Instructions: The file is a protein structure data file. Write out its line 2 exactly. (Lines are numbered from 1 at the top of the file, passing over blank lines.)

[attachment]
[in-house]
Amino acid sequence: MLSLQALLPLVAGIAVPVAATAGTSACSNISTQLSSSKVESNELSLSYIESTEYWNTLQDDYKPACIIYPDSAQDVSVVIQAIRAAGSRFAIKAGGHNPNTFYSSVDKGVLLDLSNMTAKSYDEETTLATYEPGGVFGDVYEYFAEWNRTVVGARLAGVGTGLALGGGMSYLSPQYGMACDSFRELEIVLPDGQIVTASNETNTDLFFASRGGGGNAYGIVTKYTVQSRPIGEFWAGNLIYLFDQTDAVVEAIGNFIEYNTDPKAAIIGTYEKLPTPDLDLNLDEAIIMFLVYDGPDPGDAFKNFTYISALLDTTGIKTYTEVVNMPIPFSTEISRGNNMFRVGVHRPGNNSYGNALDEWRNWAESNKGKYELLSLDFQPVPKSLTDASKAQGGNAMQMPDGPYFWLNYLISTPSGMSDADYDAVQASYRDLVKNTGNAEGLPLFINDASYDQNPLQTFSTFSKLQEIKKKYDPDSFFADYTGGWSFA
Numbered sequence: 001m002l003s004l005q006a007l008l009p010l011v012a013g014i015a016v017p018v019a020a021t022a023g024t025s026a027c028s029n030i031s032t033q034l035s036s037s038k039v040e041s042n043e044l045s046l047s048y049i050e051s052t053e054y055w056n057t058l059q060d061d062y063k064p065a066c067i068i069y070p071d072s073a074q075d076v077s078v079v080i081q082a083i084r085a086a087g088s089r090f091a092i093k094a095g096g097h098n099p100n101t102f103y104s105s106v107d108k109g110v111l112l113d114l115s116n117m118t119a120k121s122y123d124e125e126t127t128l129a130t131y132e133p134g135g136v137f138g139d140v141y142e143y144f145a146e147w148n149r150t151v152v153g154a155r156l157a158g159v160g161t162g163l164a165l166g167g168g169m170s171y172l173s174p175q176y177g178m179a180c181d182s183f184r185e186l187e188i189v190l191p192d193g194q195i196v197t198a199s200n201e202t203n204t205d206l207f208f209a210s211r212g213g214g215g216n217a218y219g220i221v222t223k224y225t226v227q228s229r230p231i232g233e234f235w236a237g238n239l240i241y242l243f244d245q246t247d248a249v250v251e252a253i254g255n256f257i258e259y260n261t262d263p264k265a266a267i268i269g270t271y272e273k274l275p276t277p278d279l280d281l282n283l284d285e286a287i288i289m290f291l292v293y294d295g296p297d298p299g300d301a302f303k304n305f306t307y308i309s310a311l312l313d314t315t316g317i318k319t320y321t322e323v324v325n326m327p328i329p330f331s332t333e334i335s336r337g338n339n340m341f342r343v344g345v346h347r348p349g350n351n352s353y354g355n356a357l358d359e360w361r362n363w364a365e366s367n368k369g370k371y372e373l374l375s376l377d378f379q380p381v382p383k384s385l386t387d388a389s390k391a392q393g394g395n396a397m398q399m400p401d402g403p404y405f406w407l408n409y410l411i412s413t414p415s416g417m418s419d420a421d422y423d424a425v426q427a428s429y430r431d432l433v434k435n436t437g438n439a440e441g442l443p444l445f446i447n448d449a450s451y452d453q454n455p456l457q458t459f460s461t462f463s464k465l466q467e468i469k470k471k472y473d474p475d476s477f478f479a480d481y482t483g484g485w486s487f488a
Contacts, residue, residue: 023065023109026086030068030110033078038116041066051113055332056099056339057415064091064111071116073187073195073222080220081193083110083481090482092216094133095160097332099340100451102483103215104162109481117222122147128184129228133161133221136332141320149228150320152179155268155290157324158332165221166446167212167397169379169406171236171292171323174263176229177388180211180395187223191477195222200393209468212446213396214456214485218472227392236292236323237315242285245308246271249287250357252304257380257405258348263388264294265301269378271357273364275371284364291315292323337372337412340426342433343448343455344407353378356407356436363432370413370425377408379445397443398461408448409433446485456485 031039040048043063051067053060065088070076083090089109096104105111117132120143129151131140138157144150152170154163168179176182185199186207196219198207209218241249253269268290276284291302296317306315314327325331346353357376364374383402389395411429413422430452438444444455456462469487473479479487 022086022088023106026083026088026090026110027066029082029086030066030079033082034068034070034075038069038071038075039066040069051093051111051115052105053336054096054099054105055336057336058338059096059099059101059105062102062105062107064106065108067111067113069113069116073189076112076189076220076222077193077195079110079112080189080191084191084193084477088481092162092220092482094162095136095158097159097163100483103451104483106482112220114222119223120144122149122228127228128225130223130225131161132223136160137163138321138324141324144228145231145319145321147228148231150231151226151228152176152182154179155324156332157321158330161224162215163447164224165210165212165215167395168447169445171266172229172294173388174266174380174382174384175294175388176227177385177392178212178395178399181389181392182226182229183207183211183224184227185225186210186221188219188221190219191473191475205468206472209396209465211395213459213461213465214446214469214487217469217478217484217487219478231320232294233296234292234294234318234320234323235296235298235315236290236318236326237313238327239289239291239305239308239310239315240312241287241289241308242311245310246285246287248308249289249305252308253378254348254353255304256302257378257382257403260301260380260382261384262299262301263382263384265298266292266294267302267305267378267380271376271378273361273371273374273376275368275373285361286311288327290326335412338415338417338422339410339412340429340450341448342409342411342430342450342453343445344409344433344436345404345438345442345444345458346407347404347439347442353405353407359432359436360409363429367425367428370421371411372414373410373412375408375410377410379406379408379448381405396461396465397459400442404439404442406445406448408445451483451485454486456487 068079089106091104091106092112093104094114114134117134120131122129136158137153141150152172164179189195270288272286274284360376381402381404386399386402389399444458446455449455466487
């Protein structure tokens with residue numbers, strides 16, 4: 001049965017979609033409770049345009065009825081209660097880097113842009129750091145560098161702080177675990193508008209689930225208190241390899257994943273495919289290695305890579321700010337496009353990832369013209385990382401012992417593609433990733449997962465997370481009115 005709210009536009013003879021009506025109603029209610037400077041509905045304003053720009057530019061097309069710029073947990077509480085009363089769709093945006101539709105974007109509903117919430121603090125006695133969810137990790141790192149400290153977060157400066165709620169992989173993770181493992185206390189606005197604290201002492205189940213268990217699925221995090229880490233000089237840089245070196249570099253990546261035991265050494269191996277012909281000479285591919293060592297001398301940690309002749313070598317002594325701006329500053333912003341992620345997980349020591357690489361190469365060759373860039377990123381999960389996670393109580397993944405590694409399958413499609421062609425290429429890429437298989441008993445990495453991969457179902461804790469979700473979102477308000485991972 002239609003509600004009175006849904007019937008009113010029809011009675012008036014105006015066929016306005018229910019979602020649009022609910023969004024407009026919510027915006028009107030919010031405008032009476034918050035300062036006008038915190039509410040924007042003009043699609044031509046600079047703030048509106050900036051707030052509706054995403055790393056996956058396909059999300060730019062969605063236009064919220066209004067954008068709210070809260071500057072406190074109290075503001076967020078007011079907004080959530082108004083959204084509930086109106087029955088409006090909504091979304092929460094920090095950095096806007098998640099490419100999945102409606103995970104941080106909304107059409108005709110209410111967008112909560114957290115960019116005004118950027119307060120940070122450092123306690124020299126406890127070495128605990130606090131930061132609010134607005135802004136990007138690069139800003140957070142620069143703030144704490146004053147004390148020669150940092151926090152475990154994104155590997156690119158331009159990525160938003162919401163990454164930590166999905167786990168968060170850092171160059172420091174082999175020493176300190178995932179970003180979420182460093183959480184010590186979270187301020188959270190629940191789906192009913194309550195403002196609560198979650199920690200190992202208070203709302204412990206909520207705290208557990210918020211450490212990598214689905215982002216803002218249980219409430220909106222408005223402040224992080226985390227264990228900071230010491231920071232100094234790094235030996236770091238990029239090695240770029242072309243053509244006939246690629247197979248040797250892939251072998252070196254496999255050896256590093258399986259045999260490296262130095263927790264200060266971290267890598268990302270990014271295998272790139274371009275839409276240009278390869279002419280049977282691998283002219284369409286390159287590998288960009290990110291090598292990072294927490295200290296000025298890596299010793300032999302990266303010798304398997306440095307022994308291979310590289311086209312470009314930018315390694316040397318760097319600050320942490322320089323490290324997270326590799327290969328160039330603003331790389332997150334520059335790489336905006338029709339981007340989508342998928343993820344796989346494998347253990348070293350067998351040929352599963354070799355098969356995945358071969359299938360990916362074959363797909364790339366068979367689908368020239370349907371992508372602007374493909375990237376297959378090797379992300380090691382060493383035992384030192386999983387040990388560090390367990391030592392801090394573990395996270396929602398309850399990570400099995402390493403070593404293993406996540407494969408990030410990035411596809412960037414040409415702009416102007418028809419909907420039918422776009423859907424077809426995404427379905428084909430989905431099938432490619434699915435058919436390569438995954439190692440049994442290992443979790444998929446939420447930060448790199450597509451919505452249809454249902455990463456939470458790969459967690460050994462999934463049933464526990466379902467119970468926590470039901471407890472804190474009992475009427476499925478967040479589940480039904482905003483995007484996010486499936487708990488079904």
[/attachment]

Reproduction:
Amino acid sequence: MLSLQALLPLVAGIAVPVAATAGTSACSNISTQLSSSKVESNELSLSYIESTEYWNTLQDDYKPACIIYPDSAQDVSVVIQAIRAAGSRFAIKAGGHNPNTFYSSVDKGVLLDLSNMTAKSYDEETTLATYEPGGVFGDVYEYFAEWNRTVVGARLAGVGTGLALGGGMSYLSPQYGMACDSFRELEIVLPDGQIVTASNETNTDLFFASRGGGGNAYGIVTKYTVQSRPIGEFWAGNLIYLFDQTDAVVEAIGNFIEYNTDPKAAIIGTYEKLPTPDLDLNLDEAIIMFLVYDGPDPGDAFKNFTYISALLDTTGIKTYTEVVNMPIPFSTEISRGNNMFRVGVHRPGNNSYGNALDEWRNWAESNKGKYELLSLDFQPVPKSLTDASKAQGGNAMQMPDGPYFWLNYLISTPSGMSDADYDAVQASYRDLVKNTGNAEGLPLFINDASYDQNPLQTFSTFSKLQEIKKKYDPDSFFADYTGGWSFA